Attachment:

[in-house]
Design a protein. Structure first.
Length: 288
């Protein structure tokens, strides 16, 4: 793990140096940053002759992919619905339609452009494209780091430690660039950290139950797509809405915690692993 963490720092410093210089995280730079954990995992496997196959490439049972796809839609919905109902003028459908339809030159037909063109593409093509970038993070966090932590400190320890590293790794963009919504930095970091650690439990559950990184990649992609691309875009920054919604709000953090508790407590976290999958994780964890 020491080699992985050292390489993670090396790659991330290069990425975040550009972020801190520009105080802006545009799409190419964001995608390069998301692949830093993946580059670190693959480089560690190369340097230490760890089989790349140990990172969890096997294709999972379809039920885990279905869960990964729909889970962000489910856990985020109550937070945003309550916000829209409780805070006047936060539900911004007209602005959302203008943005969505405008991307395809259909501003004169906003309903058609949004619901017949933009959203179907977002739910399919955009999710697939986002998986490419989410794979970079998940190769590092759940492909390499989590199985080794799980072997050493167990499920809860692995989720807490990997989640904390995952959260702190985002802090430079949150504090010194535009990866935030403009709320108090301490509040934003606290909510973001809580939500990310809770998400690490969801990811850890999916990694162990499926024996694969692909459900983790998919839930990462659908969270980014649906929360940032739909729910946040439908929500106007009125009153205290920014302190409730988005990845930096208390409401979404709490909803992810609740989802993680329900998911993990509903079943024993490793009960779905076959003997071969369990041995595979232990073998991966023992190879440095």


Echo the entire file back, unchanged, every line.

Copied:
[in-house]
Design a protein. Structure first.
Length: 288
């Protein structure tokens, strides 16, 4: 793990140096940053002759992919619905339609452009494209780091430690660039950290139950797509809405915690692993 963490720092410093210089995280730079954990995992496997196959490439049972796809839609919905109902003028459908339809030159037909063109593409093509970038993070966090932590400190320890590293790794963009919504930095970091650690439990559950990184990649992609691309875009920054919604709000953090508790407590976290999958994780964890 020491080699992985050292390489993670090396790659991330290069990425975040550009972020801190520009105080802006545009799409190419964001995608390069998301692949830093993946580059670190693959480089560690190369340097230490760890089989790349140990990172969890096997294709999972379809039920885990279905869960990964729909889970962000489910856990985020109550937070945003309550916000829209409780805070006047936060539900911004007209602005959302203008943005969505405008991307395809259909501003004169906003309903058609949004619901017949933009959203179907977002739910399919955009999710697939986002998986490419989410794979970079998940190769590092759940492909390499989590199985080794799980072997050493167990499920809860692995989720807490990997989640904390995952959260702190985002802090430079949150504090010194535009990866935030403009709320108090301490509040934003606290909510973001809580939500990310809770998400690490969801990811850890999916990694162990499926024996694969692909459900983790998919839930990462659908969270980014649906929360940032739909729910946040439908929500106007009125009153205290920014302190409730988005990845930096208390409401979404709490909803992810609740989802993680329900998911993990509903079943024993490793009960779905076959003997071969369990041995595979232990073998991966023992190879440095």